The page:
Cancer patients flooded with misleading ads on Facebook, report finds

Cancer patients who use Facebook have been inundated with advertisements promoting dubious or even dangerous treatments for the disease, MIT Technology Review reported June 27.

The sensational ads endorse nonevidence-based treatments, including a proprietary vitamin C-based mixture and a diet-based therapy, according to the magazine's review of evidence from Facebook and Instagram users, healthcare researchers and Meta's ad library.

"Us cancer patients and survivors, we are just bombarded with all these kinds of alternative things all the time," Nikhil Autar, a medical student in Australia with acute myeloid leukemia, told the magazine.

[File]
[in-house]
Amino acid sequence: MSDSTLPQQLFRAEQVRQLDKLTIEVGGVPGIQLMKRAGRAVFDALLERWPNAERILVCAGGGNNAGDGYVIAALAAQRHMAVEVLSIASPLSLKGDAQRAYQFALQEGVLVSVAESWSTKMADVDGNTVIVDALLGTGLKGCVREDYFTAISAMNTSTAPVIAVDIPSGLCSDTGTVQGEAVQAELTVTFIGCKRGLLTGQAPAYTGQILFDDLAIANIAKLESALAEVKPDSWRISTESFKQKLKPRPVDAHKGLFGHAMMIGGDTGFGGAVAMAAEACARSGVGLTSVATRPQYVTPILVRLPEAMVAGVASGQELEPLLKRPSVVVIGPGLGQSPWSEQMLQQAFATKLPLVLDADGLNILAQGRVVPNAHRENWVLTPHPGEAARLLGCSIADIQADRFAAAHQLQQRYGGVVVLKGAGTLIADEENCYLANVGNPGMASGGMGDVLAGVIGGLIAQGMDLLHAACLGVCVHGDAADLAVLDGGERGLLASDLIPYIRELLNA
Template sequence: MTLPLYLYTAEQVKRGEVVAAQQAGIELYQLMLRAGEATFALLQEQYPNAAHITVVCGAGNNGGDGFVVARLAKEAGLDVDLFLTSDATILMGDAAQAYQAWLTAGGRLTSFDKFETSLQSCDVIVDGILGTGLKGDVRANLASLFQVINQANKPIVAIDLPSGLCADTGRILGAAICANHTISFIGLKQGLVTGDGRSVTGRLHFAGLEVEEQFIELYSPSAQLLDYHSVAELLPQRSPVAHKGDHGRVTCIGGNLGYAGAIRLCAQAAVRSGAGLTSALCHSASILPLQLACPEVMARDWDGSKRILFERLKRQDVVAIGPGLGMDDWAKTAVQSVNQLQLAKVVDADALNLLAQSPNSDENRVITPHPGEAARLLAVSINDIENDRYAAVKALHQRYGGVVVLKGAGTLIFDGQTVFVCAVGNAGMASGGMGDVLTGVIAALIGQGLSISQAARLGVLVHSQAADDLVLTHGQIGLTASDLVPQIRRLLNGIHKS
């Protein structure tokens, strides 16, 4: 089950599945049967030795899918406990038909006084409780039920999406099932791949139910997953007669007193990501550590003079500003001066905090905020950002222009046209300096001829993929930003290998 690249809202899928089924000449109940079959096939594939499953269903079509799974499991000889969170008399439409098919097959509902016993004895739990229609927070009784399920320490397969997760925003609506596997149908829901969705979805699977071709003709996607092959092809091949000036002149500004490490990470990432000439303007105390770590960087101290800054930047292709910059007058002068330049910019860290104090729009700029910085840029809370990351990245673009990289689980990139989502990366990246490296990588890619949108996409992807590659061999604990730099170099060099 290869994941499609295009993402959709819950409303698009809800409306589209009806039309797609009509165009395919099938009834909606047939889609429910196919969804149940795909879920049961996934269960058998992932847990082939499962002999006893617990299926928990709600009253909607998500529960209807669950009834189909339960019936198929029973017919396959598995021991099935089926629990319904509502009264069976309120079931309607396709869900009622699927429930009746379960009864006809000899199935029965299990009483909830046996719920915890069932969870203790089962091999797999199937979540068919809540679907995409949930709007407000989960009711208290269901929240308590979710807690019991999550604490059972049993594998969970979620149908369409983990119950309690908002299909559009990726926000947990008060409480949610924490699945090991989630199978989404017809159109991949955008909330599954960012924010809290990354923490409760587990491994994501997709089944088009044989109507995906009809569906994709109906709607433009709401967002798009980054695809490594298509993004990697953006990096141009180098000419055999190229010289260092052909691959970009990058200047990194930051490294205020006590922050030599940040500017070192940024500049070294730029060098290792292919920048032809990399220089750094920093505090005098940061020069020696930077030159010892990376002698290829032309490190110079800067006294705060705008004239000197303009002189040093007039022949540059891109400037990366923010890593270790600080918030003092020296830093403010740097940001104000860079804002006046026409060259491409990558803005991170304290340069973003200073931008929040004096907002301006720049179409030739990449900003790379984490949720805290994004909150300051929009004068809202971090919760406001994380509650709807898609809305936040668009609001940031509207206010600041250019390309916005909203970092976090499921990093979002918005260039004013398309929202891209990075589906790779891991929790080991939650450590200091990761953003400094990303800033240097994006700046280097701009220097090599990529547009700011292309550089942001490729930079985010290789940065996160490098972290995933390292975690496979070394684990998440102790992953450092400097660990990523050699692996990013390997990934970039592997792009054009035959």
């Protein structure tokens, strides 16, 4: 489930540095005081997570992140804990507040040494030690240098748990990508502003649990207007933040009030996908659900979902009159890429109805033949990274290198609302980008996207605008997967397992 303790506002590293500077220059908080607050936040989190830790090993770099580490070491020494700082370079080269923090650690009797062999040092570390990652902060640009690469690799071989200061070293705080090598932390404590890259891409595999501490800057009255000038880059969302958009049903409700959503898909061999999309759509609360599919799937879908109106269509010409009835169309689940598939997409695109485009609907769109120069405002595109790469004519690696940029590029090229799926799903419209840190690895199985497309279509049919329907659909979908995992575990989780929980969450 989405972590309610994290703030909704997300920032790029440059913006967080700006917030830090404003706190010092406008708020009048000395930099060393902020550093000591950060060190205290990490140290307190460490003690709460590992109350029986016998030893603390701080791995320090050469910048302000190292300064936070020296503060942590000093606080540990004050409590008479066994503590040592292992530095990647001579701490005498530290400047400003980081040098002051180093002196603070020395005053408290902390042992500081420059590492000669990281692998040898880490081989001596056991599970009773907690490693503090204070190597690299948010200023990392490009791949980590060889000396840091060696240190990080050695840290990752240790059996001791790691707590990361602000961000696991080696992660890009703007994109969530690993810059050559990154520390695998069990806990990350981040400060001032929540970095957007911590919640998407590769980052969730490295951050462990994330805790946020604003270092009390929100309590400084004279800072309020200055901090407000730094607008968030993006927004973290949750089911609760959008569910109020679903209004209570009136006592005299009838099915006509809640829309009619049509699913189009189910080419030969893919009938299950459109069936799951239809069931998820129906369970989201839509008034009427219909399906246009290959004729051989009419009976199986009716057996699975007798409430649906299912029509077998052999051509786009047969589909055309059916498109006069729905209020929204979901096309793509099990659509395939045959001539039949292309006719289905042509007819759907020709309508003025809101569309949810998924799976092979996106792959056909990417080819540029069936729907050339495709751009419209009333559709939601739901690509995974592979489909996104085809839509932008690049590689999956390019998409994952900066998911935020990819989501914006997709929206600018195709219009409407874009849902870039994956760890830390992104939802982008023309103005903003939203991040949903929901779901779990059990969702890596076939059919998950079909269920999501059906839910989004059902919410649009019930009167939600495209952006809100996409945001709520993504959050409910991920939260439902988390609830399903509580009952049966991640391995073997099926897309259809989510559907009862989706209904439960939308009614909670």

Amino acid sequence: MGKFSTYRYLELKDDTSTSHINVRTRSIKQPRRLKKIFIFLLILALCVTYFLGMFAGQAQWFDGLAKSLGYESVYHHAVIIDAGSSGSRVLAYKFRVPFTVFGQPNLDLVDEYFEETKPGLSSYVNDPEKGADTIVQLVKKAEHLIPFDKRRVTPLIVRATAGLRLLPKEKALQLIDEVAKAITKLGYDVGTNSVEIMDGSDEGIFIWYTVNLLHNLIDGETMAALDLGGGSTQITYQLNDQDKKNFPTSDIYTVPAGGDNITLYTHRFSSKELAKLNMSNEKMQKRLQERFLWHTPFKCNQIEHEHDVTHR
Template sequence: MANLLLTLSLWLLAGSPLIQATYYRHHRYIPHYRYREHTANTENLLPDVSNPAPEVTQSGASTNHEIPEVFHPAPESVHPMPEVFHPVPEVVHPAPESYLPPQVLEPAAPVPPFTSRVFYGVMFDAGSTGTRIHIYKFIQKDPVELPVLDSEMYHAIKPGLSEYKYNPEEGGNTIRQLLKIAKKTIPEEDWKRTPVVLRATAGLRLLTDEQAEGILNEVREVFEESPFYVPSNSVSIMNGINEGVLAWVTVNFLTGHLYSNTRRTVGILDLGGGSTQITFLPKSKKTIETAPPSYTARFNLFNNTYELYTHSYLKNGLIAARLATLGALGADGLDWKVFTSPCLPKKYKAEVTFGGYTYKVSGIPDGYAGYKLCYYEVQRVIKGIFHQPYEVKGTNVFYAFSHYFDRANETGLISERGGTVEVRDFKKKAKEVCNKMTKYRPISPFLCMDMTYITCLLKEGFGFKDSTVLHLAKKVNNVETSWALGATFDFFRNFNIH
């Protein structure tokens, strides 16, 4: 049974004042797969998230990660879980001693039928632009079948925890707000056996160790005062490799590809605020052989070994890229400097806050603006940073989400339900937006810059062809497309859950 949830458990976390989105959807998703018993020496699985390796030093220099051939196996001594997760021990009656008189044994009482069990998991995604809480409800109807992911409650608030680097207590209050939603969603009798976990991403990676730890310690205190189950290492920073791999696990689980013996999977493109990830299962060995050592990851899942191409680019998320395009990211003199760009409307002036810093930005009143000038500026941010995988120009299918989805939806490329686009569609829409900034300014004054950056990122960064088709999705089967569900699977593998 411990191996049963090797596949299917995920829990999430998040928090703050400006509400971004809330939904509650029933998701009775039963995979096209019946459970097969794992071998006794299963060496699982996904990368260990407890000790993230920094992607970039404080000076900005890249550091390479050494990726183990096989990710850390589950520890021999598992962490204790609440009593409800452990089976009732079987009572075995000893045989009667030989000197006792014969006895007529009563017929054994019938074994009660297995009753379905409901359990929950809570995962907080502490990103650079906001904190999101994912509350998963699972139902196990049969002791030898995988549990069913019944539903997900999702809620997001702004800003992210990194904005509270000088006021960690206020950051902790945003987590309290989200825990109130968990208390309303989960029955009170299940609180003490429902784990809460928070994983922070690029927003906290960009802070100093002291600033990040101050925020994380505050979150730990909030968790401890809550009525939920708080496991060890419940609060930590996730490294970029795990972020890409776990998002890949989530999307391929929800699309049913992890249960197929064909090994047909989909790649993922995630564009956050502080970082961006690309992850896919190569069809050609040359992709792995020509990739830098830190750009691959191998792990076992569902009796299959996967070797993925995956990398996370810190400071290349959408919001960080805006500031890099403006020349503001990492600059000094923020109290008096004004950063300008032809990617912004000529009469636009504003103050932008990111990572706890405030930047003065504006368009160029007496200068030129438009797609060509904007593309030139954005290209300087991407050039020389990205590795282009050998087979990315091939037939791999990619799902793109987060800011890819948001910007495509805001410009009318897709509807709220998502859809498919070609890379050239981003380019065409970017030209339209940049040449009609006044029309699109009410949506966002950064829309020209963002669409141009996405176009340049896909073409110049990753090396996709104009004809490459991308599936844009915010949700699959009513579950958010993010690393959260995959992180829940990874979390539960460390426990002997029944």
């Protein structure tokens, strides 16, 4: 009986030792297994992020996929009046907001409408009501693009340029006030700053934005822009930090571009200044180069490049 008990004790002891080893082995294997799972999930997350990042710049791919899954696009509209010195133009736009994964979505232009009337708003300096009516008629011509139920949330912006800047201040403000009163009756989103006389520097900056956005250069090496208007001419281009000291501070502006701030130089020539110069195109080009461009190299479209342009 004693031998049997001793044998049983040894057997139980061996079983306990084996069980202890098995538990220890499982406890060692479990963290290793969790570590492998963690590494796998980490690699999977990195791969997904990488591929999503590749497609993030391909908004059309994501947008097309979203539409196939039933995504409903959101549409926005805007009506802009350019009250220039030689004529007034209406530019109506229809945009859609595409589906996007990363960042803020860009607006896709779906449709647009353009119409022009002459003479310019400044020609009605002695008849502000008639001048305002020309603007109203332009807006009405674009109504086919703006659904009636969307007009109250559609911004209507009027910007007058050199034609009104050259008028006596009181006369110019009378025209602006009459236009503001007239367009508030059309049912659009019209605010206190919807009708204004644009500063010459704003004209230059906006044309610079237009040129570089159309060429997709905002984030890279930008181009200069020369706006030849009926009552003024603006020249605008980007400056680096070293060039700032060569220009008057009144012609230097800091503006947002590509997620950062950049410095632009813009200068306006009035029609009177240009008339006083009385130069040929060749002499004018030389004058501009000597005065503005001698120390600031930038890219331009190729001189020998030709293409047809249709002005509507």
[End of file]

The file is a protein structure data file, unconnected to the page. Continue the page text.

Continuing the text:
A spokesperson for Meta Platforms, the parent company of Facebook and Instagram, told Becker's it has "rejected several of the ads for violating our misleading claims policy, which prohibits claims of cures for incurable diseases."

Several of the since-removed ads involved Centro Hospitalario Internacional del Pacifico, or CHIPSA, an integrative cancer hospital in Mexico that offers a special diet and detox for cancer treatment that has been widely discredited by the medical establishment, MIT Technology Review reported.

CHIPSA didn't respond to requests from the magazine or Becker's for comment.

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